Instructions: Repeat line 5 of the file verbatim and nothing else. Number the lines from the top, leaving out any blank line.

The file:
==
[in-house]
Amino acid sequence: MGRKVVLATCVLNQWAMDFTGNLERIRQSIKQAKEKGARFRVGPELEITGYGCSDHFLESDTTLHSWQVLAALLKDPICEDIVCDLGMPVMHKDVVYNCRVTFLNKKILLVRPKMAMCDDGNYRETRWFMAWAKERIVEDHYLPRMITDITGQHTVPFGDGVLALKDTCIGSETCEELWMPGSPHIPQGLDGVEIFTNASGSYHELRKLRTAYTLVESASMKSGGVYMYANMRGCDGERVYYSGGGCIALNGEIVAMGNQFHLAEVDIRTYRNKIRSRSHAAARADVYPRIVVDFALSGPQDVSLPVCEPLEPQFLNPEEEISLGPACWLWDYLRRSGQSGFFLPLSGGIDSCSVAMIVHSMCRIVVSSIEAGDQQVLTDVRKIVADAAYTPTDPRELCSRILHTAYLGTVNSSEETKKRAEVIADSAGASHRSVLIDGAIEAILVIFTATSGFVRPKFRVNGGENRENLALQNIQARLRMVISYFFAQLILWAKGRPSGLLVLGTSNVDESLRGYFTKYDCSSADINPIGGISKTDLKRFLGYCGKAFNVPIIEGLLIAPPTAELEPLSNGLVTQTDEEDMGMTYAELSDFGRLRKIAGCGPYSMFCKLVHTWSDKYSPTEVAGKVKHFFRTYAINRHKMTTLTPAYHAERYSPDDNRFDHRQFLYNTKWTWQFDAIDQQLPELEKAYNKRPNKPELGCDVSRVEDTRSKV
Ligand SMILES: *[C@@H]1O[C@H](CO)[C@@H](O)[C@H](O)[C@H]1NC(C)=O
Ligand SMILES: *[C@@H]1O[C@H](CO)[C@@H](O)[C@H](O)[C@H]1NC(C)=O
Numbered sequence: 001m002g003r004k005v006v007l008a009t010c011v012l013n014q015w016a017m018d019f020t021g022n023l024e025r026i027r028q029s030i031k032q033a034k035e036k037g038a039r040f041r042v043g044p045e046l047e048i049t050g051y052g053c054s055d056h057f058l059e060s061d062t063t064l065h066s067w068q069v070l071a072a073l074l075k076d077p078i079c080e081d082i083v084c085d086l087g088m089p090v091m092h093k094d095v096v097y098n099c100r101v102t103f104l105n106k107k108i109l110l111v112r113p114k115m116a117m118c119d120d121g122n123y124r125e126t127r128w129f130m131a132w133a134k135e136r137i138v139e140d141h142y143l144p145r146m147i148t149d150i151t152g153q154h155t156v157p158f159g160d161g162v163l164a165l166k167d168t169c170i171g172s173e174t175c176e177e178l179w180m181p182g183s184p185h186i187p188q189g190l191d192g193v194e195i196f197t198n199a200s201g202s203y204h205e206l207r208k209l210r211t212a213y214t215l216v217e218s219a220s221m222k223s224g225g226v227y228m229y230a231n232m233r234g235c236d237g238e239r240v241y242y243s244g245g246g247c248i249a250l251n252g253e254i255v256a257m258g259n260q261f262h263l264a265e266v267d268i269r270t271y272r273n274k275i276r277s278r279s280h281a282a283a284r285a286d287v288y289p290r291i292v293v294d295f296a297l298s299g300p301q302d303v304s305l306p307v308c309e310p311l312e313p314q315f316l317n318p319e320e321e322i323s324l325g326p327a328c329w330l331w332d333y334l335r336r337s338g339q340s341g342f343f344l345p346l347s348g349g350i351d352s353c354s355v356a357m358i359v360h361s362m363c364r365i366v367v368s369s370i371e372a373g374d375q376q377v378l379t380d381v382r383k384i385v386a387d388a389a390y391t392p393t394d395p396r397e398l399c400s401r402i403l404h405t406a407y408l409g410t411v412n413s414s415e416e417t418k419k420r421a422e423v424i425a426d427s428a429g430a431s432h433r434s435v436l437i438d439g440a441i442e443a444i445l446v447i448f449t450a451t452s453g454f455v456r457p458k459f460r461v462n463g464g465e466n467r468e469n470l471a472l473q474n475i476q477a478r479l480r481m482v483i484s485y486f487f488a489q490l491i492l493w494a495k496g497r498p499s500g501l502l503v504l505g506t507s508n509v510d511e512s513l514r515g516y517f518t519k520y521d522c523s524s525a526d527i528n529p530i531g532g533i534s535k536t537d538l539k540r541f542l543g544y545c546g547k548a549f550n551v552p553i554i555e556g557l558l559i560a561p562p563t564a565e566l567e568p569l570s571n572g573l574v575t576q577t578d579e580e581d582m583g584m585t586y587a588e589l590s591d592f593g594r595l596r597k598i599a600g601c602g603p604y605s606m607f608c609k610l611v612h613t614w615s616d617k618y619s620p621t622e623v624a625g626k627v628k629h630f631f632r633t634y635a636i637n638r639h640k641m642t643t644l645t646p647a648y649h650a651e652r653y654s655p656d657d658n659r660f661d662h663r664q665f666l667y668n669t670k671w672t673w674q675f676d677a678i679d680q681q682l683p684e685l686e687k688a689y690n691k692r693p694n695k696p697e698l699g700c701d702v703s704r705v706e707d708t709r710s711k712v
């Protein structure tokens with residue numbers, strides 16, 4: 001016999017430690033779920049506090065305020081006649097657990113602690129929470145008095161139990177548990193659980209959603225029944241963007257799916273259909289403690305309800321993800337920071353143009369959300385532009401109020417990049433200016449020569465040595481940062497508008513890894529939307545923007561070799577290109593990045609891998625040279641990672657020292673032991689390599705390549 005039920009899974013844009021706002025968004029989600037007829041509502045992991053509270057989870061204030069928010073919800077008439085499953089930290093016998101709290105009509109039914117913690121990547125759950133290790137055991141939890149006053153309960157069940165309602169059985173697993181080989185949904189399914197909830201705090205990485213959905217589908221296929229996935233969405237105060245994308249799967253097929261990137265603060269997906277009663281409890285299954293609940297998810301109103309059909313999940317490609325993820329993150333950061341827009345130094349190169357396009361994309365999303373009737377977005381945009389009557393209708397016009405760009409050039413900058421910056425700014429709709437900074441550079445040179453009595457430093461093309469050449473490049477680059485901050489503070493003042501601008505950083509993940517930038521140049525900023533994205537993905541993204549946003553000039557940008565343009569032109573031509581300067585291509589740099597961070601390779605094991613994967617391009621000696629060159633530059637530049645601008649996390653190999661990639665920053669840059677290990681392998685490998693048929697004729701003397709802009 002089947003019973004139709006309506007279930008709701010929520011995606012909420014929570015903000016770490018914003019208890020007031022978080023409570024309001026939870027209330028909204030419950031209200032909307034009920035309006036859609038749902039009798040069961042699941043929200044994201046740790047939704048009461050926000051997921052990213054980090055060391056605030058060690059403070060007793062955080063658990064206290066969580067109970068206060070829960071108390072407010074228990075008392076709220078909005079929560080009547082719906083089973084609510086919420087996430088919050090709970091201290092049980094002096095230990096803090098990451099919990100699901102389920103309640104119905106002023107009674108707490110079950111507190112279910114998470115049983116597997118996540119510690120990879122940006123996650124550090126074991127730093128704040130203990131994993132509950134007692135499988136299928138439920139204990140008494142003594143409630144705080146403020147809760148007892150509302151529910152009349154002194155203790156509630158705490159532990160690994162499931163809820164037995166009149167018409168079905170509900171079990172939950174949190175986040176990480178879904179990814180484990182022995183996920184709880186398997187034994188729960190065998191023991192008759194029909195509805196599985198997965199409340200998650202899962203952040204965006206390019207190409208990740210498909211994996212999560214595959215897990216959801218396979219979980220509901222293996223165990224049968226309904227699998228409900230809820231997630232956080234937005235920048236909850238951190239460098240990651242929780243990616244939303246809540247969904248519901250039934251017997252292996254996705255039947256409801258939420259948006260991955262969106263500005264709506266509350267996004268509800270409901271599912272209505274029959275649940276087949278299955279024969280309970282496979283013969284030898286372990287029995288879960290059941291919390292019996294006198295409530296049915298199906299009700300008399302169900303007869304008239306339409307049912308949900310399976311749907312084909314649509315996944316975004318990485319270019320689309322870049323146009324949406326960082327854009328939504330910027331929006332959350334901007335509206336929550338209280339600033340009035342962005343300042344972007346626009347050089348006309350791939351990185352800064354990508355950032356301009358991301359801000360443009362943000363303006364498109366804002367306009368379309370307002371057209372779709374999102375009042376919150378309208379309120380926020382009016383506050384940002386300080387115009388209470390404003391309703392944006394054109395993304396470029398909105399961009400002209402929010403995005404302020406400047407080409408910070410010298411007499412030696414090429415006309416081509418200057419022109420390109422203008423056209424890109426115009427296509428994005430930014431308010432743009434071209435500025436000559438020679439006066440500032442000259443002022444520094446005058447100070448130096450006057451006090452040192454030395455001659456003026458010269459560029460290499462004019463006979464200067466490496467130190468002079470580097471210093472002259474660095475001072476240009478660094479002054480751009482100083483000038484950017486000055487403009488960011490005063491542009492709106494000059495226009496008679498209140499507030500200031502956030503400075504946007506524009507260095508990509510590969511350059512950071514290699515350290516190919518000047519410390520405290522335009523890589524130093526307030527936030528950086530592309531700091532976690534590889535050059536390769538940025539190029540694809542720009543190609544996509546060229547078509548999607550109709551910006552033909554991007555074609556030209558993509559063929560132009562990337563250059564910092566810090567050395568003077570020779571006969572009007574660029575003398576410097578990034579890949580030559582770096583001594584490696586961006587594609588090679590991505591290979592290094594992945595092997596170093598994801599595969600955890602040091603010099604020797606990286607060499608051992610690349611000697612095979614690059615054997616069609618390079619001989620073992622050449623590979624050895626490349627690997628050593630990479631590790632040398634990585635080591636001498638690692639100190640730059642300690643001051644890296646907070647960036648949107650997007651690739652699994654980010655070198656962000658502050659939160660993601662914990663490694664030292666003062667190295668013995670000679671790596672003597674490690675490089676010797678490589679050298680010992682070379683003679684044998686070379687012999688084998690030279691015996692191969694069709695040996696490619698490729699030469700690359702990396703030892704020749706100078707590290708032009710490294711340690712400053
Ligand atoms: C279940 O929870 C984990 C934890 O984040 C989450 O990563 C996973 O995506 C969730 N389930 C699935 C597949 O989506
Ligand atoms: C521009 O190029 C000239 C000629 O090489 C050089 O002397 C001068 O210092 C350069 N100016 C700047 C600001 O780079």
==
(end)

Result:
Numbered sequence: 001m002g003r004k005v006v007l008a009t010c011v012l013n014q015w016a017m018d019f020t021g022n023l024e025r026i027r028q029s030i031k032q033a034k035e036k037g038a039r040f041r042v043g044p045e046l047e048i049t050g051y052g053c054s055d056h057f058l059e060s061d062t063t064l065h066s067w068q069v070l071a072a073l074l075k076d077p078i079c080e081d082i083v084c085d086l087g088m089p090v091m092h093k094d095v096v097y098n099c100r101v102t103f104l105n106k107k108i109l110l111v112r113p114k115m116a117m118c119d120d121g122n123y124r125e126t127r128w129f130m131a132w133a134k135e136r137i138v139e140d141h142y143l144p145r146m147i148t149d150i151t152g153q154h155t156v157p158f159g160d161g162v163l164a165l166k167d168t169c170i171g172s173e174t175c176e177e178l179w180m181p182g183s184p185h186i187p188q189g190l191d192g193v194e195i196f197t198n199a200s201g202s203y204h205e206l207r208k209l210r211t212a213y214t215l216v217e218s219a220s221m222k223s224g225g226v227y228m229y230a231n232m233r234g235c236d237g238e239r240v241y242y243s244g245g246g247c248i249a250l251n252g253e254i255v256a257m258g259n260q261f262h263l264a265e266v267d268i269r270t271y272r273n274k275i276r277s278r279s280h281a282a283a284r285a286d287v288y289p290r291i292v293v294d295f296a297l298s299g300p301q302d303v304s305l306p307v308c309e310p311l312e313p314q315f316l317n318p319e320e321e322i323s324l325g326p327a328c329w330l331w332d333y334l335r336r337s338g339q340s341g342f343f344l345p346l347s348g349g350i351d352s353c354s355v356a357m358i359v360h361s362m363c364r365i366v367v368s369s370i371e372a373g374d375q376q377v378l379t380d381v382r383k384i385v386a387d388a389a390y391t392p393t394d395p396r397e398l399c400s401r402i403l404h405t406a407y408l409g410t411v412n413s414s415e416e417t418k419k420r421a422e423v424i425a426d427s428a429g430a431s432h433r434s435v436l437i438d439g440a441i442e443a444i445l446v447i448f449t450a451t452s453g454f455v456r457p458k459f460r461v462n463g464g465e466n467r468e469n470l471a472l473q474n475i476q477a478r479l480r481m482v483i484s485y486f487f488a489q490l491i492l493w494a495k496g497r498p499s500g501l502l503v504l505g506t507s508n509v510d511e512s513l514r515g516y517f518t519k520y521d522c523s524s525a526d527i528n529p530i531g532g533i534s535k536t537d538l539k540r541f542l543g544y545c546g547k548a549f550n551v552p553i554i555e556g557l558l559i560a561p562p563t564a565e566l567e568p569l570s571n572g573l574v575t576q577t578d579e580e581d582m583g584m585t586y587a588e589l590s591d592f593g594r595l596r597k598i599a600g601c602g603p604y605s606m607f608c609k610l611v612h613t614w615s616d617k618y619s620p621t622e623v624a625g626k627v628k629h630f631f632r633t634y635a636i637n638r639h640k641m642t643t644l645t646p647a648y649h650a651e652r653y654s655p656d657d658n659r660f661d662h663r664q665f666l667y668n669t670k671w672t673w674q675f676d677a678i679d680q681q682l683p684e685l686e687k688a689y690n691k692r693p694n695k696p697e698l699g700c701d702v703s704r705v706e707d708t709r710s711k712v